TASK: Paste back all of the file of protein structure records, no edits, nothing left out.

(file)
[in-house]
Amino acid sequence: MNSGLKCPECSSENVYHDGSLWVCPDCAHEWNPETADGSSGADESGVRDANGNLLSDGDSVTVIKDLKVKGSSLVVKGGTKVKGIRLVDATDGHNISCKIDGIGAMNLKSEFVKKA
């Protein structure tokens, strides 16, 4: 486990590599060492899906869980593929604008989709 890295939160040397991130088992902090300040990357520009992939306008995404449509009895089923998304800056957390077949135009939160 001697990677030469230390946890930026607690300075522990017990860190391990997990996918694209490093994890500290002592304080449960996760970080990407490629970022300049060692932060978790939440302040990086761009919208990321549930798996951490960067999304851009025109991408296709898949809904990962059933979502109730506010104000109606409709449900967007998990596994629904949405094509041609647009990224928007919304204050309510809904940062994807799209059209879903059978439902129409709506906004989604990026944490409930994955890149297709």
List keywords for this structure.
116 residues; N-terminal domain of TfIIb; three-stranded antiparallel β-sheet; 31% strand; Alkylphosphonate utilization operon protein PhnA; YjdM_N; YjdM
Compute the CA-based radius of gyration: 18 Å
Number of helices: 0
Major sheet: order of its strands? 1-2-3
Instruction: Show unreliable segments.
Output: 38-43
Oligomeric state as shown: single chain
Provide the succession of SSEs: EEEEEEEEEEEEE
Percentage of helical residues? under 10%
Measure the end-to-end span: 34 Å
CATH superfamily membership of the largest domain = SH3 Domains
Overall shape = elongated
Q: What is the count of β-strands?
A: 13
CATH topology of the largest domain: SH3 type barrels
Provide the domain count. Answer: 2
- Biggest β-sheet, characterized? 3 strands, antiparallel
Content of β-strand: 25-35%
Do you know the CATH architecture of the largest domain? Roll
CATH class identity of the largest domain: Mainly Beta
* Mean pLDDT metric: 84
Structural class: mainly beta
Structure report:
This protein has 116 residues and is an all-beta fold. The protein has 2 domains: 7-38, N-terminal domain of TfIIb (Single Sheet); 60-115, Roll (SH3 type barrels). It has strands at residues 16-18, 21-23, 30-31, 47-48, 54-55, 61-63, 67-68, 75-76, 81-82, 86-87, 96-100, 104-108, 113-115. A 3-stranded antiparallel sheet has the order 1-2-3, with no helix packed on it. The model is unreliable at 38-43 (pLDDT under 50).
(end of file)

[in-house]
Amino acid sequence: MNSGLKCPECSSENVYHDGSLWVCPDCAHEWNPETADGSSGADESGVRDANGNLLSDGDSVTVIKDLKVKGSSLVVKGGTKVKGIRLVDATDGHNISCKIDGIGAMNLKSEFVKKA
């Protein structure tokens, strides 16, 4: 486990590599060492899906869980593929604008989709 890295939160040397991130088992902090300040990357520009992939306008995404449509009895089923998304800056957390077949135009939160 001697990677030469230390946890930026607690300075522990017990860190391990997990996918694209490093994890500290002592304080449960996760970080990407490629970022300049060692932060978790939440302040990086761009919208990321549930798996951490960067999304851009025109991408296709898949809904990962059933979502109730506010104000109606409709449900967007998990596994629904949405094509041609647009990224928007919304204050309510809904940062994807799209059209879903059978439902129409709506906004989604990026944490409930994955890149297709």
List keywords for this structure.
116 residues; N-terminal domain of TfIIb; three-stranded antiparallel β-sheet; 31% strand; Alkylphosphonate utilization operon protein PhnA; YjdM_N; YjdM
Compute the CA-based radius of gyration: 18 Å
Number of helices: 0
Major sheet: order of its strands? 1-2-3
Instruction: Show unreliable segments.
Output: 38-43
Oligomeric state as shown: single chain
Provide the succession of SSEs: EEEEEEEEEEEEE
Percentage of helical residues? under 10%
Measure the end-to-end span: 34 Å
CATH superfamily membership of the largest domain = SH3 Domains
Overall shape = elongated
Q: What is the count of β-strands?
A: 13
CATH topology of the largest domain: SH3 type barrels
Provide the domain count. Answer: 2
- Biggest β-sheet, characterized? 3 strands, antiparallel
Content of β-strand: 25-35%
Do you know the CATH architecture of the largest domain? Roll
CATH class identity of the largest domain: Mainly Beta
* Mean pLDDT metric: 84
Structural class: mainly beta
Structure report:
This protein has 116 residues and is an all-beta fold. The protein has 2 domains: 7-38, N-terminal domain of TfIIb (Single Sheet); 60-115, Roll (SH3 type barrels). It has strands at residues 16-18, 21-23, 30-31, 47-48, 54-55, 61-63, 67-68, 75-76, 81-82, 86-87, 96-100, 104-108, 113-115. A 3-stranded antiparallel sheet has the order 1-2-3, with no helix packed on it. The model is unreliable at 38-43 (pLDDT under 50).